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  7. I didn't read everything, but it seems most comments imply either having separate accounts or a joint account. What about having the best of both worlds? We each keep our separate accounts (current and savings) and have a joint account. We pay common expenses (groceries, mortgage, travels and common leisure) with the joint account and keep the right to have different spending habits with our own accounts (why would he pay for my books, why would I pay for his video games?). This works great for us.

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  8. I feel ya 100%. I still have my own bank account, but my boyfriend and I live together, pay bills together, share all of our money, and we both contribute what we can, when we can. At first it was terrifying, and I was afraid we couldn't handle it, but we talked about it openly and honestly, and now it's reassuring knowing we take care of each other in every sense, including financially.

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  9. When those of you who don't tally every purchase, and read the comments about the tally on groceries and who owes what at the end of each month: Do you get reminded of that scene in the Joy Luck Club about the Engineering husband with the crappy table he made, that could only support a vase of lilacs? Because I do.

    If it works for you that way, great! Good for you! I just couldn't do it, but for that image alone. :(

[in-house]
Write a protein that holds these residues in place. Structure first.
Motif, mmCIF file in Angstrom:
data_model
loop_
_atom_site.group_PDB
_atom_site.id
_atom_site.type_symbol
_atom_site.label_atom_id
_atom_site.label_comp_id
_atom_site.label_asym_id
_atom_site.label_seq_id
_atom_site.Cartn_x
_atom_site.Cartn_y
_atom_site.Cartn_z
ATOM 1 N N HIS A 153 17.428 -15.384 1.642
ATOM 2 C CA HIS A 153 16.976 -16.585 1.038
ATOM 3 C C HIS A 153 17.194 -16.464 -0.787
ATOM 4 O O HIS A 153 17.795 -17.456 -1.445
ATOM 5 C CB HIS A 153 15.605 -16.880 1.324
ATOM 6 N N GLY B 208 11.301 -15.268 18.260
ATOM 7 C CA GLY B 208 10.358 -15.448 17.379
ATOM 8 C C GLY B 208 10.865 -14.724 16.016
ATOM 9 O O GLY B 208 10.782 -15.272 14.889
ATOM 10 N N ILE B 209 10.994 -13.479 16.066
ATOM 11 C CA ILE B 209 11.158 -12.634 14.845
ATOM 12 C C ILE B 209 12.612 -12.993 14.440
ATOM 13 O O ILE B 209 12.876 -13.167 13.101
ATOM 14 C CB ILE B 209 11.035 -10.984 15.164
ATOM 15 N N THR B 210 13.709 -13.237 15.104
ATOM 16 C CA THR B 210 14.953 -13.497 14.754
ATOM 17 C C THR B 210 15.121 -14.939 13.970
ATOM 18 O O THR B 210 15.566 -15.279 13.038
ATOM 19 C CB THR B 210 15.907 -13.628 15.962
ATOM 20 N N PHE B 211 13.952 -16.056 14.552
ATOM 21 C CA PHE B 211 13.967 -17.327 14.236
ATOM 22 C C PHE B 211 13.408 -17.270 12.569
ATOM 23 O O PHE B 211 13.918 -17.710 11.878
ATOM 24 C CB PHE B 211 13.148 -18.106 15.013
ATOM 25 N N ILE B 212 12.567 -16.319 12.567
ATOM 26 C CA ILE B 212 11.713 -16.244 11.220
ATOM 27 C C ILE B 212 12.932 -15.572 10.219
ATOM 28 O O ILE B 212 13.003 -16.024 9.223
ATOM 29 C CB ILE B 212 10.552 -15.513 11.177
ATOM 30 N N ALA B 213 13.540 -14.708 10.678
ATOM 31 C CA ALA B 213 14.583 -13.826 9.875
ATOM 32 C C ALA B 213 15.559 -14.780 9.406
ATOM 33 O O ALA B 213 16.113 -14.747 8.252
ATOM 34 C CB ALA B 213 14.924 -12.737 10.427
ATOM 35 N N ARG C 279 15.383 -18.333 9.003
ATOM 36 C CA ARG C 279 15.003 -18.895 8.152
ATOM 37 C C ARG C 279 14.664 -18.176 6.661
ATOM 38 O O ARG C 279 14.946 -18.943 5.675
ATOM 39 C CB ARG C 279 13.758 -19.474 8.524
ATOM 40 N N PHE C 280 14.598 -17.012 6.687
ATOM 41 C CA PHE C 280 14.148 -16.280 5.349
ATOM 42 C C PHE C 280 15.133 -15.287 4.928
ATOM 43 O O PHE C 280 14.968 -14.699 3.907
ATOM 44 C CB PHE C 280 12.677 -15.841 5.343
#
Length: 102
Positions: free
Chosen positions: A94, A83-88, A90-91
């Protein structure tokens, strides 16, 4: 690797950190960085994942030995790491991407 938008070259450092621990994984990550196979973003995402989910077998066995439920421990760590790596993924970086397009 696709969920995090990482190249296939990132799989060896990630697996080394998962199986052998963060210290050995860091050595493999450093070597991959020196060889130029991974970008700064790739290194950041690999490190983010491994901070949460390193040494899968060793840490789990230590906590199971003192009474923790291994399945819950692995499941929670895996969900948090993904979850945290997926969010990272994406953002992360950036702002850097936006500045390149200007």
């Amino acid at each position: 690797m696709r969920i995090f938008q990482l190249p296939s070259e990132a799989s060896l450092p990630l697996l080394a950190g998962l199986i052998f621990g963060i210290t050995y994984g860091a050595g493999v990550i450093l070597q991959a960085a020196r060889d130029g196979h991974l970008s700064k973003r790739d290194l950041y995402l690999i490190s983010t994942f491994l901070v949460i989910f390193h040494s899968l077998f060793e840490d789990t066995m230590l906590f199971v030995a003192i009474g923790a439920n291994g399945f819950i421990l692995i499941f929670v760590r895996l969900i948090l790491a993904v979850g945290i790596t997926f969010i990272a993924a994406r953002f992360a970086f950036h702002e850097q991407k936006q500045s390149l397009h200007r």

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  10. This is definitely resonating with me right now: "…it helps to sort out that being daunted in the face of a huge turning point is different than being ambivalent about my partner" – the trouble is that it is hard to know if that feeling of panic, that anxiety, is being caused by the idea of getting married (I mean, it's HUGE) or of getting married to THIS person (who suddenly irritates me to no end – that's not how I used to feel about him, but I do now, so that's not a good sign, right?). My working theory in these last few months before the Day is that my anxiety is being caused by my anxiety: i.e., that I panic about getting married, so I evaluate him for reassurance that it is right, and find all these characteristics and habits that seem less than perfect, and am suddenly convinced I am making a mistake because I don't feel "right," or as I think I should feel. And that I am doing all this in a microsecond, so I am not aware of the thought process. These posts/articles about fear, anxiety and uncertainty are very reassuring and are helping me make space for happiness, even if for only another microsecond – please keep them coming!